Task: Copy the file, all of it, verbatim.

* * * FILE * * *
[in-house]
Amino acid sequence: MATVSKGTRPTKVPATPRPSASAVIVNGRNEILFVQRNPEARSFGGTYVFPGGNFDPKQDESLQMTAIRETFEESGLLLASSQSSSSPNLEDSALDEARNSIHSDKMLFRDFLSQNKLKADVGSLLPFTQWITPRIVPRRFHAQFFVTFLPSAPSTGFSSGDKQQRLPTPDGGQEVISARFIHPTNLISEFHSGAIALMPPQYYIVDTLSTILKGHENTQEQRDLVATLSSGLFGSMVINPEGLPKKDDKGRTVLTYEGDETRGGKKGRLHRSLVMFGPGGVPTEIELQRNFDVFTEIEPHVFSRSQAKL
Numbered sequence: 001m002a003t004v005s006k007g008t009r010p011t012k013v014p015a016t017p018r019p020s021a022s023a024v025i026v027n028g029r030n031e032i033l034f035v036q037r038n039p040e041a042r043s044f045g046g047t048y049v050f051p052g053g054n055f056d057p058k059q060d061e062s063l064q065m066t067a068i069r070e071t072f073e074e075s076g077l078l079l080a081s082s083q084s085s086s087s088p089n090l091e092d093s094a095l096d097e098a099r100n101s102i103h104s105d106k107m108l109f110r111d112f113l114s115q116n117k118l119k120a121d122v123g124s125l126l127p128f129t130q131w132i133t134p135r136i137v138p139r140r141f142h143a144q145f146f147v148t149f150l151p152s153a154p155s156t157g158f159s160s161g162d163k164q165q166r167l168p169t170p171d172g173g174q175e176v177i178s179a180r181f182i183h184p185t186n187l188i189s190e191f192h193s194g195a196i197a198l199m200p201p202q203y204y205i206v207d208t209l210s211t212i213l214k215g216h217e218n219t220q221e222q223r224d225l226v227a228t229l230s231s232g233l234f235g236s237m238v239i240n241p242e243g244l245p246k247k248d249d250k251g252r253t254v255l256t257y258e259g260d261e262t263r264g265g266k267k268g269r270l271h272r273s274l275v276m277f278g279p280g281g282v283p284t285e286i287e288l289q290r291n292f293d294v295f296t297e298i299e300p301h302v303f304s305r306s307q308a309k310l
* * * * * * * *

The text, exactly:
[in-house]
Amino acid sequence: MATVSKGTRPTKVPATPRPSASAVIVNGRNEILFVQRNPEARSFGGTYVFPGGNFDPKQDESLQMTAIRETFEESGLLLASSQSSSSPNLEDSALDEARNSIHSDKMLFRDFLSQNKLKADVGSLLPFTQWITPRIVPRRFHAQFFVTFLPSAPSTGFSSGDKQQRLPTPDGGQEVISARFIHPTNLISEFHSGAIALMPPQYYIVDTLSTILKGHENTQEQRDLVATLSSGLFGSMVINPEGLPKKDDKGRTVLTYEGDETRGGKKGRLHRSLVMFGPGGVPTEIELQRNFDVFTEIEPHVFSRSQAKL
Numbered sequence: 001m002a003t004v005s006k007g008t009r010p011t012k013v014p015a016t017p018r019p020s021a022s023a024v025i026v027n028g029r030n031e032i033l034f035v036q037r038n039p040e041a042r043s044f045g046g047t048y049v050f051p052g053g054n055f056d057p058k059q060d061e062s063l064q065m066t067a068i069r070e071t072f073e074e075s076g077l078l079l080a081s082s083q084s085s086s087s088p089n090l091e092d093s094a095l096d097e098a099r100n101s102i103h104s105d106k107m108l109f110r111d112f113l114s115q116n117k118l119k120a121d122v123g124s125l126l127p128f129t130q131w132i133t134p135r136i137v138p139r140r141f142h143a144q145f146f147v148t149f150l151p152s153a154p155s156t157g158f159s160s161g162d163k164q165q166r167l168p169t170p171d172g173g174q175e176v177i178s179a180r181f182i183h184p185t186n187l188i189s190e191f192h193s194g195a196i197a198l199m200p201p202q203y204y205i206v207d208t209l210s211t212i213l214k215g216h217e218n219t220q221e222q223r224d225l226v227a228t229l230s231s232g233l234f235g236s237m238v239i240n241p242e243g244l245p246k247k248d249d250k251g252r253t254v255l256t257y258e259g260d261e262t263r264g265g266k267k268g269r270l271h272r273s274l275v276m277f278g279p280g281g282v283p284t285e286i287e288l289q290r291n292f293d294v295f296t297e298i299e300p301h302v303f304s305r306s307q308a309k310l